First impressions and body language. 
As important as your knowledge is for the role so is your body language. Remember this is (most likely) the first time you're meeting with these people, what you say and how you act will give an idea of what you are like as a person. This will be their first impression of you and you want to ensure  you come across as your best. 

Always be aware to make eye contact and if you have more than one person in the room engage with them all. I've only ever had one-two people questioning/taking notes but I was always aware of the both of them. Ensuring that when I answered I spoke to the two of them. It's important not to feel intimidated or overwhelmed if there's more than one other person in the room too. Remember why you applied for the role in the first place, you want a change. You've got this if you believe in yourself enough.
Timing is everything.
Arrive early to the interview. I don't mean hours early but a solid fifteen minutes at least. If you've got to take public transport to the location double check for any delays on that route too. If you're driving you may need a sat nav if you're not sure of the area. Have the full address written down so that you don't get lost on the way! For my last two interviews I've taken notes with me and spent a few minutes before going into the building just reading over these for them to stick in my mind.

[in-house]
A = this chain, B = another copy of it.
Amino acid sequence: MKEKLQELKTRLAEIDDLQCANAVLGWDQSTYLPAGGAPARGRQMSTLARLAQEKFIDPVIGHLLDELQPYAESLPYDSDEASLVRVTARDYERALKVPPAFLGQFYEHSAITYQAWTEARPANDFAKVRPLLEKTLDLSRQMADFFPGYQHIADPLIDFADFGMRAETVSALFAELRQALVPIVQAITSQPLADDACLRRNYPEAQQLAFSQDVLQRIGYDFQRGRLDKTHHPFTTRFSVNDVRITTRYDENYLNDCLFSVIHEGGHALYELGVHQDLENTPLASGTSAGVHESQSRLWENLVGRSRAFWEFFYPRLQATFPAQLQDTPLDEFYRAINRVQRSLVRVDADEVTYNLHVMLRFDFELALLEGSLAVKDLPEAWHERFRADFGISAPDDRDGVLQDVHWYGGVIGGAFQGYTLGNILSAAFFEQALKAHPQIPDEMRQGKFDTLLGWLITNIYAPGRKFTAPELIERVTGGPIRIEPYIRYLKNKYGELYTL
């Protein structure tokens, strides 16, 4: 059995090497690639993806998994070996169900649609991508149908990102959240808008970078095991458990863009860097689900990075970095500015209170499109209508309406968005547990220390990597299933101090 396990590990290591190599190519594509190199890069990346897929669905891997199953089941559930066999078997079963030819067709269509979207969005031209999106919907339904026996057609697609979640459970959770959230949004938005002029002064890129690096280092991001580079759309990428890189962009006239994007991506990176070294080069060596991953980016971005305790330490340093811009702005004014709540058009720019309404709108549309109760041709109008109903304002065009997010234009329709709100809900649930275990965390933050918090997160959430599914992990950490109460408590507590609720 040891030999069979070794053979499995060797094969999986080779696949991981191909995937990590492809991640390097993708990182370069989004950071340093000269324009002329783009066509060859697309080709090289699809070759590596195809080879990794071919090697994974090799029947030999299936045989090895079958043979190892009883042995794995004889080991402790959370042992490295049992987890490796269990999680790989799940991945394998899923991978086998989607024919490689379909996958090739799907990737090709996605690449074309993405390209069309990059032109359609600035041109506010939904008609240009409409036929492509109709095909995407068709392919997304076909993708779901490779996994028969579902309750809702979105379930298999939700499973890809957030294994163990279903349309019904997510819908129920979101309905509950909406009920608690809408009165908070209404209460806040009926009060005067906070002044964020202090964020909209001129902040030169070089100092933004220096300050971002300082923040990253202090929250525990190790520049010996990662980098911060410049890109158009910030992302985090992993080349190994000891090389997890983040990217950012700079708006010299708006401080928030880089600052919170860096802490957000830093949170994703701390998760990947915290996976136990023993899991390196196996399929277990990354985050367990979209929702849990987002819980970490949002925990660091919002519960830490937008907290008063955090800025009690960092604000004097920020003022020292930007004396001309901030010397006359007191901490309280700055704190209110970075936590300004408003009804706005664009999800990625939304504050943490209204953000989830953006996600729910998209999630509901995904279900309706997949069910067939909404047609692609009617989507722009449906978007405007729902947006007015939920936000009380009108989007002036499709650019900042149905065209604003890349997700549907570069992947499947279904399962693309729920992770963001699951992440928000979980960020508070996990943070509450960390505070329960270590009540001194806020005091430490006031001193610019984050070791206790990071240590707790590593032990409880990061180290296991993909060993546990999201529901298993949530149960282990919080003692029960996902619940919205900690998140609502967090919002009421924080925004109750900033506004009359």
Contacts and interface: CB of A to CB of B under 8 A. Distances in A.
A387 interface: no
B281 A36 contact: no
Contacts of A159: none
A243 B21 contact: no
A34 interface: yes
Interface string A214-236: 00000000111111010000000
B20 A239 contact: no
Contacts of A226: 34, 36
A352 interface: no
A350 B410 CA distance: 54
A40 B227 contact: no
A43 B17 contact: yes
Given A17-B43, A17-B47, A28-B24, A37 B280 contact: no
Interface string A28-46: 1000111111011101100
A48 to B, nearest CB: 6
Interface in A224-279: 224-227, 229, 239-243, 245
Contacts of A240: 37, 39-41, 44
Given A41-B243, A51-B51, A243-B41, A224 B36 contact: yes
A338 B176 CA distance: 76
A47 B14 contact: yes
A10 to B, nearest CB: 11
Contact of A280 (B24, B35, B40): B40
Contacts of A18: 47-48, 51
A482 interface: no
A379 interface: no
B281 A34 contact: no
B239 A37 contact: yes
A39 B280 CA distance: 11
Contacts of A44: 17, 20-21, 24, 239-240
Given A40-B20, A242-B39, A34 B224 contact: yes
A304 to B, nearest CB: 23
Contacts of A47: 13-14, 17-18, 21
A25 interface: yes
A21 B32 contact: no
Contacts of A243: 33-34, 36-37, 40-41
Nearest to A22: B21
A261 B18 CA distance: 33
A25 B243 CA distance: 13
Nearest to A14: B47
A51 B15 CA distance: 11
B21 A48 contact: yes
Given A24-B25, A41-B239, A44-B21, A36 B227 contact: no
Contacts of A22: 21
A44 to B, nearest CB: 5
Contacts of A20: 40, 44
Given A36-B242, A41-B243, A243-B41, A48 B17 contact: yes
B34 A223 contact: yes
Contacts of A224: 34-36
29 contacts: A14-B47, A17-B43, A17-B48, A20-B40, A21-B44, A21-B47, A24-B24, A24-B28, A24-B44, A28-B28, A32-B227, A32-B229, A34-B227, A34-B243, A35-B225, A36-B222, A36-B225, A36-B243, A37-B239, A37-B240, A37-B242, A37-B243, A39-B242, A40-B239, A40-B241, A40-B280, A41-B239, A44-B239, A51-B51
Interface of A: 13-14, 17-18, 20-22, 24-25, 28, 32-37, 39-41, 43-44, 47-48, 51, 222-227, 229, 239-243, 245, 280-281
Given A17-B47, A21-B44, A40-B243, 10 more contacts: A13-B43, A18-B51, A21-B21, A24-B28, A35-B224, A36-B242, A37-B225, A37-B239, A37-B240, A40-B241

Give yourself enough time to get ready, leave and arrive early. If it's a route or an area you've not been to before you never know if you're going to take a wrong turn somewhere or jump on the wrong bus. Be aware and focused when you're taking the journey there. Don't panic or worry about what could you go wrong. Turn the radio up, put on your favourite music and relax.

Connect and engage with your interviewers. 
As well as eye contact make sure you're engaging with the conversation, staying focused and showing an interest. When you're asked a question don't reply bluntly or with no enthusiasm. Show that you're passionate about your career and the role you've applied for. 

At my recent interview I was asked about my university experience and what I thought about the course. Shortly after them both whether they had attended university and which courses they had taken. Turns out, one also studied Graphic Design too! Remember you're the one being interviewed, not them, but personalise your questions and you can be sure they'll take note on this.

Research but don't rehearse.